'Blackbeard' is presented in Widescreen 1.78:1 with a 1080p High Definition transfer, which is best described as adequate. The colour palette is muted and many of the interior shots like the 'below decks' of the ships look murky. The black levels are not too wonderful and this, combined with the use of smoke in the air to add atmosphere, produces an image that's lacking in contrast.
There is no 3D 'pop', so we have a very flat looking image.
Thankfully, there is no 'ringing' in evidence around faces or outlines to hint at the use of image sharpening.
Grain is only noticeable on the seafaring shots, particularly showing up in the whites of the sails or where the air is full of smoke from the cannon fire.
But hey, it was shot on film - and film has a grain structure. It's not intrusive or distracting - it's film.
The image has a general slight softness to it, but that may have been caused by the use of Pro-mist filters in camera. The use of graduated Neutral Density or grey filters on the skies in many shots stop us from seeing true blues, so it's not a vibrant colourful image. ND Grads are intended to help hold detail on white skies which would otherwise burn out. This may also have been done to help cut together the sea battle sequences without adjacent blue sky versus cloudy scenes jarring
In general, there's nothing really wrong with the picture, it's just that it's not remarkable and doesn't stand out as the best transfer you've ever seen - but it's perfectly acceptable for a TV series and isn't unpleasant to watch.
The sound on 'Blackbeard' is presented in 2 channel Dolby Digital stereo and there's also an option of an uncompressed PCM 2 channel track.
The uncompressed PCM track is noticeably punchier and at a slightly higher level than the more laid back Dolby Digital track.
Dialogue is generally clear and crisp; although Blackbeard's occasional Scottish mutterings seem hard to make out when he turns away from camera (even for another Scotsman). Cannon fire goes with a convincing bang and the sound of cutlass on cutlass sounds realistic enough.
It's all very centre weighted stuff. It's functional, but again not remarkable and obviously won't give anyone's surround amp a workout.
There was a time when we'd have been delighted with a good 2 channel stereo track
It just shows how spoilt we've become as tempus has fugitted and 5.1 has become the norm on movies.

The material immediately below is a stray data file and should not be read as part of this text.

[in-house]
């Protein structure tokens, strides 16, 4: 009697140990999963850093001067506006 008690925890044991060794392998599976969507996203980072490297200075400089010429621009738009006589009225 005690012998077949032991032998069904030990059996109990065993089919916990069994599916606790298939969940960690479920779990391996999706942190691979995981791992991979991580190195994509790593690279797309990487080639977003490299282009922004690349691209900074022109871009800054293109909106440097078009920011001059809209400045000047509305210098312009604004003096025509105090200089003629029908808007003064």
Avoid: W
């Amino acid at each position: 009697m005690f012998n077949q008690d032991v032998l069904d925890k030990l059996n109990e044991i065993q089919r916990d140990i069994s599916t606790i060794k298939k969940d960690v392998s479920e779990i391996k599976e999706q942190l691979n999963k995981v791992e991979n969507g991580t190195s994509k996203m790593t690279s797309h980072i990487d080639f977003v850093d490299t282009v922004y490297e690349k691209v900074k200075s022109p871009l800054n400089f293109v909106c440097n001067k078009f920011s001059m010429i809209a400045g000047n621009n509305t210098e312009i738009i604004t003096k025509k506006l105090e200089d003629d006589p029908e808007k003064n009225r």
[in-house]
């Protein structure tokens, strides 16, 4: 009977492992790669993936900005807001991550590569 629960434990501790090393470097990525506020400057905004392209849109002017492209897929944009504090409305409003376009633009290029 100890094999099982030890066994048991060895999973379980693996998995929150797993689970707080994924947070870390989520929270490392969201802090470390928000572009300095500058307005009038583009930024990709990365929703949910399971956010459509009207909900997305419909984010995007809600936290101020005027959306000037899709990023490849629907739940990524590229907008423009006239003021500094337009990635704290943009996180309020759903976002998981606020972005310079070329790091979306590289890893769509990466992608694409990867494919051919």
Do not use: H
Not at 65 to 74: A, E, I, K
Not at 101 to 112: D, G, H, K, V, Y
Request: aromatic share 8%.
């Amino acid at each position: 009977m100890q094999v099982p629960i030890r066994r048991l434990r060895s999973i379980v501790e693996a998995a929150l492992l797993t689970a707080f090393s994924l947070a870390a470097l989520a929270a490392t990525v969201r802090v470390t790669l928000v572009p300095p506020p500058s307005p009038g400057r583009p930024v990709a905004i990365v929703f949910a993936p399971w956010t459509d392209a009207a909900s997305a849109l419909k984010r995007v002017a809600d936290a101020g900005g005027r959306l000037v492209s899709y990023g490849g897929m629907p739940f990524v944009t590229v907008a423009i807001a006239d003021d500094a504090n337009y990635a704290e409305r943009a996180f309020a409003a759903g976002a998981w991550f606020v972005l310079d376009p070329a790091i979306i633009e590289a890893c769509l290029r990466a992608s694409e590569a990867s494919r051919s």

The bonus features on 'Blackbeard' are very slight affairs. There's no real chunky 'making of' Featurette or Directors commentary; but what we do have are little interesting titbits that give some insight into the 'behind the scenes' goings on.
- Richard Chamberlain says Ahoy (HD 4:3,1min55s)
Richard Chamberlain describes his role as Governor Charles Eden and briefly touches upon some roles he's played in previous years. This could have benefited from being longer for fans of the experienced actor.
- Yo, Ho, Ho and shooting a gun (HD 4:3, 1min18s)
Jessica Chastain explains some of the training and practice she had to undertake to enable her to fire some of the period firearms in the movie.
- Raging Mad Sea Dog (HD 4:3, 1min05s)
Angus MacFadyen briefly describes the character of Blackbeard and the interplay between his character and Charlotte Ormond.
- Scallywags (HD 4:3, 2min58s)
In this, the longest of the four clips, the leading players describe why they think an audience has a fascination with pirates and how much they've enjoyed playing them
'Blackbeard' on Blu-ray will appeal to fans of good, old fashioned pirate movies who love the search for buried treasure, a bit of skulduggery and the occasional sword fight against the background of a love story.
Hallmark Entertainment really 'pushed the boat out' (ow!) in this TV mini series by putting together a star cast including Richard Chamberlain, Stacy Keach and Rachel Ward in an exotic location. Unfortunately the whole effort is slightly let down by Angus MacFadyen's rather weak portrayal of the titular character.
The Blu-ray sports a good, if unremarkable 1080p High Definition transfer and a perfectly functional Dolby Digital 2 channel stereo soundtrack with an uncompressed PCM option.
The Extras, such as they are, give a little piece of background to the production itself and will be of interest to film buffs as well as fans of the Stars.
Our Review Ethos
To comment on what you've read here, click the Discussion tab and post a reply.